Inspiring inmates

CNJ staff photo: Kevin Williams Jimmy Joe Robinson, a member of Faith Christian Family Church, tells an anecdote to Curry County Adult Detention Center inmates during a religious service held at the center Wednesday evening. Terry Craft, also of Faith Christian, attends.

By Keely McDowell: CNJ staff writer

Many volunteers and missionaries travel around the world to spread faith, but some local volunteers are helping those in spiritual need locally.

The Curry County Adult Detention Center is home to approximately 180 to 200 inmates, many of whom have never had religion in their lives, according to officials. In order to introduce inmates to a higher power, trained volunteers from churches go to the jail each evening to minister to those who are looking for faith and forgiveness.

The inmates who choose to participate in religious services have a calmer temper, behavior and attitude on a daily basis, according to Chief Deputy Warden Audrey Barriga.

“We take anything we can get to help them (the inmates) see the light at the end of the tunnel each day.” Barriga said. “The volunteers give them faith.”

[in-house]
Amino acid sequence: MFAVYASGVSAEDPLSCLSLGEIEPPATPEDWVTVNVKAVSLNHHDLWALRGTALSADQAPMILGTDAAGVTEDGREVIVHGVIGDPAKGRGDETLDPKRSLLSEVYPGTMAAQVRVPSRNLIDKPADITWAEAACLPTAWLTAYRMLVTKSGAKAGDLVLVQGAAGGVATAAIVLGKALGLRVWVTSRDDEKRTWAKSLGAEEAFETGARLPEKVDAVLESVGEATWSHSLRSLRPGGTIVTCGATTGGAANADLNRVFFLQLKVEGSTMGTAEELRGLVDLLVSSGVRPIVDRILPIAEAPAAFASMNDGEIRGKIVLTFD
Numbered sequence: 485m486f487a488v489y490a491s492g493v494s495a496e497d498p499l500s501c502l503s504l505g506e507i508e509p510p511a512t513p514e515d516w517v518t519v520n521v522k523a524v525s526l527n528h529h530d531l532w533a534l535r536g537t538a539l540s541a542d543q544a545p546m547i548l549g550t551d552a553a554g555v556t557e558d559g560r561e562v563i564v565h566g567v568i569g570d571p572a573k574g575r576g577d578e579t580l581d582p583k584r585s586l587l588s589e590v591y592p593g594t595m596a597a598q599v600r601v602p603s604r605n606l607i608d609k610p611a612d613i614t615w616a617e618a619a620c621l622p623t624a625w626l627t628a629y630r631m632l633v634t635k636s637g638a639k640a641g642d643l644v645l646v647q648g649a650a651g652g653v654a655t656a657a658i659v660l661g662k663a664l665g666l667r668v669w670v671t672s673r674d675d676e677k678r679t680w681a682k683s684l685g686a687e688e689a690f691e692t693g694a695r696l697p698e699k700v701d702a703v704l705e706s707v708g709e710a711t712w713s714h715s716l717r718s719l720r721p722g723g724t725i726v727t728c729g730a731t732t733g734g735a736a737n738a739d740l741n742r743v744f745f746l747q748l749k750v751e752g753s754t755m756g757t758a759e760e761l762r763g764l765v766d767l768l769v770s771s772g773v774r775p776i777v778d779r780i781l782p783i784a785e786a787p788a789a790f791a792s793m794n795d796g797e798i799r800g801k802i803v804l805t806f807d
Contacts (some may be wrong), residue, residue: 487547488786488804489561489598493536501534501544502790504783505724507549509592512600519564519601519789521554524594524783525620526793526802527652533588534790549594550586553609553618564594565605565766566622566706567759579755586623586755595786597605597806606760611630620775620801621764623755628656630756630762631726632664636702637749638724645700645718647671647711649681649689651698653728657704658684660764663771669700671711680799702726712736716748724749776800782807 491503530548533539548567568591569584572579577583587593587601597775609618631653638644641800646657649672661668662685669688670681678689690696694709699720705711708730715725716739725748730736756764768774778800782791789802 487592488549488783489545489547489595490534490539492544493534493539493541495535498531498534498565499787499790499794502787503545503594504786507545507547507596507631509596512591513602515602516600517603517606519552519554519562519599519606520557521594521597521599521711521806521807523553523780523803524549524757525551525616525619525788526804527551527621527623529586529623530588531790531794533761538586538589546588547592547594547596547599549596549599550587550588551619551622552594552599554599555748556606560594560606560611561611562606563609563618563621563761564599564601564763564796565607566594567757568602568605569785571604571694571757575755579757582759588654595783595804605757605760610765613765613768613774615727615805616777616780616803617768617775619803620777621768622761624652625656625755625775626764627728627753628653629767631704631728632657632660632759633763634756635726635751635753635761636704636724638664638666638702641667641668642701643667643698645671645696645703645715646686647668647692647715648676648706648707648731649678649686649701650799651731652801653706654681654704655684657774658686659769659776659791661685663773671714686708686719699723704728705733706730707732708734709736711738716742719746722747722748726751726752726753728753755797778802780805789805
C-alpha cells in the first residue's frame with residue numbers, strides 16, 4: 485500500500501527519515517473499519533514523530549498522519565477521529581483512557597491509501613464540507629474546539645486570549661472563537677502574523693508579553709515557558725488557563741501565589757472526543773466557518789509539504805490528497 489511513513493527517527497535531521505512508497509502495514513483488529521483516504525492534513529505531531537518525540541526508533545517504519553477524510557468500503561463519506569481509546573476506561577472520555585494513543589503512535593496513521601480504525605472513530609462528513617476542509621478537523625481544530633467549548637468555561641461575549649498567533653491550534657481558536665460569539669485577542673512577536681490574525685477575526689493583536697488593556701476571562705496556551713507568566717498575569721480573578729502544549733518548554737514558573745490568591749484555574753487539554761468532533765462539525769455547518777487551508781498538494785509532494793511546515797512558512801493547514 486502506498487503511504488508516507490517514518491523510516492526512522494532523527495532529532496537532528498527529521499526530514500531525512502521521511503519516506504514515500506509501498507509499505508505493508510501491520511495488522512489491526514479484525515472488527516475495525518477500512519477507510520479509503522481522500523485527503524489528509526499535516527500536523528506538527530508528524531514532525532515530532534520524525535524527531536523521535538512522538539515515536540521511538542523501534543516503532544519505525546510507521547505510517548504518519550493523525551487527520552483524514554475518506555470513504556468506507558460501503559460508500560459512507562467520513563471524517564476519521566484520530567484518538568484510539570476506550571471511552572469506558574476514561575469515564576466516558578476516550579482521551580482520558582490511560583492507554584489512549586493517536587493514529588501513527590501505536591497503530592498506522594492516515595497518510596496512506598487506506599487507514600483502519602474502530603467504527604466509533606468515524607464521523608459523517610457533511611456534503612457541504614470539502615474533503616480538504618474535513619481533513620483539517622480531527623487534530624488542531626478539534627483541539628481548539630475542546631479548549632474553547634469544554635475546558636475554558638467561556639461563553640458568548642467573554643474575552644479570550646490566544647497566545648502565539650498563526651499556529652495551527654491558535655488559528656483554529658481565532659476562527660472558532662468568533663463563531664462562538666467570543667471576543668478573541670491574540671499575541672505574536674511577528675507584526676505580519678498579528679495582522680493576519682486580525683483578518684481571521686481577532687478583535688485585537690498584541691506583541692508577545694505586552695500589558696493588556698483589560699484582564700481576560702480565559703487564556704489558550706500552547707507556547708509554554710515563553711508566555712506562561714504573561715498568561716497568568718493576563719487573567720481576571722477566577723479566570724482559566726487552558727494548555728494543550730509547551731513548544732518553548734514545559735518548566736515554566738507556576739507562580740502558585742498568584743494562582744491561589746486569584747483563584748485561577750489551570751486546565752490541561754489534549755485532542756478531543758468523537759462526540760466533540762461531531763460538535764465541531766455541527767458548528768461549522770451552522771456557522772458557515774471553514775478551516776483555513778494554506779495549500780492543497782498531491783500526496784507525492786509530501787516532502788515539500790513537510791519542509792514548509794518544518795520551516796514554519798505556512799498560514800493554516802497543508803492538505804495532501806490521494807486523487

Samm Smith, who teaches drug rehabilitation classes at the detention center, said inmates use their knowledge of a higher power to overcome drug addictions and to find strength.

“I get great feedback from the inmates about the classes and church,” Smith said. “They look forward to class, church and library time. We have church volunteers in the library and they discuss a lot of religious reading material with the inmates. So, they get to experience a higher power there as well.”

Although Barriga and Smith said they pray for the inmates to keep the faith when they are released, they said returning to the community and avoiding the temptations outside the detention center walls is difficult.

“I think it is at the very least education and an experience for them,” Barriga said. “The inmates who attend church can’t leave worse than they came in.”

About 20 church volunteers participate regularly in the program, according to Smith.